Exploring Hydrocarbon Depletion
Page added on April 12, 2017
Geopolitical tensions could be a double-edged sword for oil prices and threaten the complicated alliance among the world’s biggest producers.
The oil market is closely eyeing the Syrian situation, where a U.S. attack last week increased tensions between the U.S. and Russia, but drew praise from Saudi Arabia. For now, the market assumes OPEC, including Saudi Arabia and Iran, another ally of Syria, will join with Russia, to extend a six-month production deal that has helped boost prices this year.
But the Syria situation could make that more difficult, particularly if the Trump administration becomes more interventionalist, aggravating the proxy conflict in the region.
“For the geopolitical situation you could bend bearish or bullish,” said Michael Cohen, head of energy commodities research at Barclays. Heightened conflict in a neighborhood where 20 million to 25 million barrels a day of oil are produced could just simply put upward pressure on prices, he said.
On the other hand, the tensions could end up creating a split among key producers who for now are holding together their production agreement. “When you have Iran and Saudi Arabia now in even further conflict, and also Iran and Russia in alignment on one side of the U.S. and Saudis, and Russia not seeing eye to eye on Syria, it complicates the ability of those OPEC ministers and Russia to have an amicable outcome,” he said. “That could be bearish.”
Saudi Arabia is the world’s biggest oil exporter and it has taken on the lion share of the cuts. But he said Russia is the wild card, since it has begun to do better economically as crude prices rose and may not be as desperate to deal.
OPEC producers meet May 25 and could decide then to extend the deal to cut 1.8 million barrels a day, which started in January. Cohen said it’s possible they could shorten the time frame of the extension or change the amount of oil that is being taken out of production.
“You have to question whether the Syrian situation has now become a proxy that divides them more than the low oil prices united them. So that’s a big deal here,” said John Kilduff of Again Capital.
On Tuesday, Dow Jones quoted sources saying that Saudi Arabia wants to extend the now six-month deal to cut production. Oil was temporarily higher on the report. Meanwhile, Reuters reported that OPEC members reduced output more than they promised in March, with 104 percent compliance.
This contrasts with comments just a month ago, when Saudi Arabia warned other producers to keep their commitments on compliance and said it was too soon to agree to an extension of the production deal.
“Now you’re kind of placing a wedge between the key players because of this [U.S.] policy. The question is whether oil policy can be separate from economic or national security policy. I think it aligns in some places and it’s a concern in other places. In history there have been many cases where OPEC countries were at each other’s throats, but they were able to come to a deal,” Cohen said. It was the heads of state that actually agreed to the first production agreement, not the oil ministers, he said.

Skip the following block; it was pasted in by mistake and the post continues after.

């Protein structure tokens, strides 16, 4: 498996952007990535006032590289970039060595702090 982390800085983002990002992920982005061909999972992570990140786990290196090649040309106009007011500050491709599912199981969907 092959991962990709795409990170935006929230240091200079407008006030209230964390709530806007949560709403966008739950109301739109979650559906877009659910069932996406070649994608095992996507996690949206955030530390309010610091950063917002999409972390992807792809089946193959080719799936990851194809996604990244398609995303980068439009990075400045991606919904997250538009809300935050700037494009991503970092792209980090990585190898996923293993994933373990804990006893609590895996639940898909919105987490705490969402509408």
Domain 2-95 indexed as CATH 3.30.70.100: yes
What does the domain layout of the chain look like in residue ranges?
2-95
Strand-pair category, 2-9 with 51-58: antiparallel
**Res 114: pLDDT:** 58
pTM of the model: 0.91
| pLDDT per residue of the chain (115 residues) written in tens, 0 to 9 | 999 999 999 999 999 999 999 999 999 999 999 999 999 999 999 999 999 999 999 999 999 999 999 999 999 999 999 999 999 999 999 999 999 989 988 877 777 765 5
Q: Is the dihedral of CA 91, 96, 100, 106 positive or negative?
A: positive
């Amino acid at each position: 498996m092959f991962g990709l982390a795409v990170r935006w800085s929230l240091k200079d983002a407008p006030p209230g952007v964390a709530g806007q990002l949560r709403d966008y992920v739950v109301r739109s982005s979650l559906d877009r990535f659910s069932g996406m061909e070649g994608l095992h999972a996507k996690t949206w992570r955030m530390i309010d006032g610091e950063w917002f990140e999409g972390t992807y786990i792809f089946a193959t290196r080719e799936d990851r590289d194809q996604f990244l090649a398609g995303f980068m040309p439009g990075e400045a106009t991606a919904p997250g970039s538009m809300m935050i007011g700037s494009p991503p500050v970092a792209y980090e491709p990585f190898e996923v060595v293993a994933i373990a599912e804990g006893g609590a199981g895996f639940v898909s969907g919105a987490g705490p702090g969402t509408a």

“What really matters are three people – [Iranian President Hassan] Rouhani , [Saudi Deputy Crown Prince] Mohammed bin Salman and President Putin. If you figure out their positions, then you have a good idea of what’s going to happen. I haven’t seen a quote from any of those three lately,” he said.
Cohen said another issue is what role U.S. shale will play. “They see rig count increase in the United States and forecasts by a bunch of tight oil producers that production should be higher … so at some point the question of whether they continue this is going to hinge on whether OPEC wants to continue seceding market share … to non-OPEC producers,” he said.
“OPEC wants to rip off the Band-Aid as soon as possible, and allow the prices to move back up to the $60 range on the force of the market alone. They realize they can’t do that if the deal stays in place and they all have to comply. Eventually the compliance is going to show that certain countries are bearing more of the burdens than others,” Cohen said.
He said OPEC will extend the deal, especially if market fundamentals weaken ahead of its decision, as he believes.
“We’re still of the view that we’re going to see a sharp price rally at some point occur in this quarter, and we believe inventories continue to be drawn down.”
Kilduff said he believes OPEC’s high compliance will be the result of Saudi Arabia cutting more than required. “The real test is going to come as we get to these warmer months and do the Saudis ramp up production to meet their internal demand. On the surface, it will look like Saudi production is spiking. These are the easy days to comply with the deal. But the hard days are coming,” he said.
Important for the market Wednesday will be U.S. Energy Information Administration inventory data, released Wednesday at 10:30 a.m. EDT, and OPEC’s monthly report is also released Wednesday. The International Energy Agency releases its data Thursday.
Kilduff said the IEA report will be helpful when looking at global inventories, which seem to be falling.
Markets have also been watching North Korea, as the U.S. moves warships into the area.
“Any move on Korea will be seen as the market as bearish because it’s going to impact market activity and mean in Asia,” said
“We’re seeing encouraging inventory reports. They’ve been building much less,” said Ryan McKay, commodities strategist at TD Securities.
Cohen expects Brent crude futures to trade at $58 per barrel in the second quarter, but he also expects the international benchmark to dip in the mid $50s in the third quarter before rising in the fourth quarter. West Texas Intermediate crude futures should be about $2 lower.